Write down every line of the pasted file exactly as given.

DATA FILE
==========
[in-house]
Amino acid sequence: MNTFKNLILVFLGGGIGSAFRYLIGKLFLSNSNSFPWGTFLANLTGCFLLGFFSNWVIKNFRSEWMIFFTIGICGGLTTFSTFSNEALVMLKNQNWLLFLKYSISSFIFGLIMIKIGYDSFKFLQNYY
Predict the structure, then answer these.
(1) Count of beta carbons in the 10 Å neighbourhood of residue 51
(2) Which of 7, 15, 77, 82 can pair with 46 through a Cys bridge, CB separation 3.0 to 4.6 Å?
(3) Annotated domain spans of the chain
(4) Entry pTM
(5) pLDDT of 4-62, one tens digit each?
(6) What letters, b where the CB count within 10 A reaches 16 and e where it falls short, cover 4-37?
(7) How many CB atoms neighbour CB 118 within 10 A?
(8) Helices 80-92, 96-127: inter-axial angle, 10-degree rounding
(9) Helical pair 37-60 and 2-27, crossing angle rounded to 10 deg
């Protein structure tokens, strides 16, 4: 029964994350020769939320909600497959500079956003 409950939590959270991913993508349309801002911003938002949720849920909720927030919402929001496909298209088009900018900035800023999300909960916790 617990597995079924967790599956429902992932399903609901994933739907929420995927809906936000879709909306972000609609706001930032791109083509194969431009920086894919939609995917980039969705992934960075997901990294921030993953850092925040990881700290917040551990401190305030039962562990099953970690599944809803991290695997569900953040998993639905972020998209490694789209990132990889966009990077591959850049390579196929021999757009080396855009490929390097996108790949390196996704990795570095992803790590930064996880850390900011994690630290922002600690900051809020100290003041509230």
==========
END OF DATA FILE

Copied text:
[in-house]
Amino acid sequence: MNTFKNLILVFLGGGIGSAFRYLIGKLFLSNSNSFPWGTFLANLTGCFLLGFFSNWVIKNFRSEWMIFFTIGICGGLTTFSTFSNEALVMLKNQNWLLFLKYSISSFIFGLIMIKIGYDSFKFLQNYY
Predict the structure, then answer these.
(1) Count of beta carbons in the 10 Å neighbourhood of residue 51
(2) Which of 7, 15, 77, 82 can pair with 46 through a Cys bridge, CB separation 3.0 to 4.6 Å?
(3) Annotated domain spans of the chain
(4) Entry pTM
(5) pLDDT of 4-62, one tens digit each?
(6) What letters, b where the CB count within 10 A reaches 16 and e where it falls short, cover 4-37?
(7) How many CB atoms neighbour CB 118 within 10 A?
(8) Helices 80-92, 96-127: inter-axial angle, 10-degree rounding
(9) Helical pair 37-60 and 2-27, crossing angle rounded to 10 deg
């Protein structure tokens, strides 16, 4: 029964994350020769939320909600497959500079956003 409950939590959270991913993508349309801002911003938002949720849920909720927030919402929001496909298209088009900018900035800023999300909960916790 617990597995079924967790599956429902992932399903609901994933739907929420995927809906936000879709909306972000609609706001930032791109083509194969431009920086894919939609995917980039969705992934960075997901990294921030993953850092925040990881700290917040551990401190305030039962562990099953970690599944809803991290695997569900953040998993639905972020998209490694789209990132990889966009990077591959850049390579196929021999757009080396855009490929390097996108790949390196996704990795570095992803790590930064996880850390900011994690630290922002600690900051809020100290003041509230």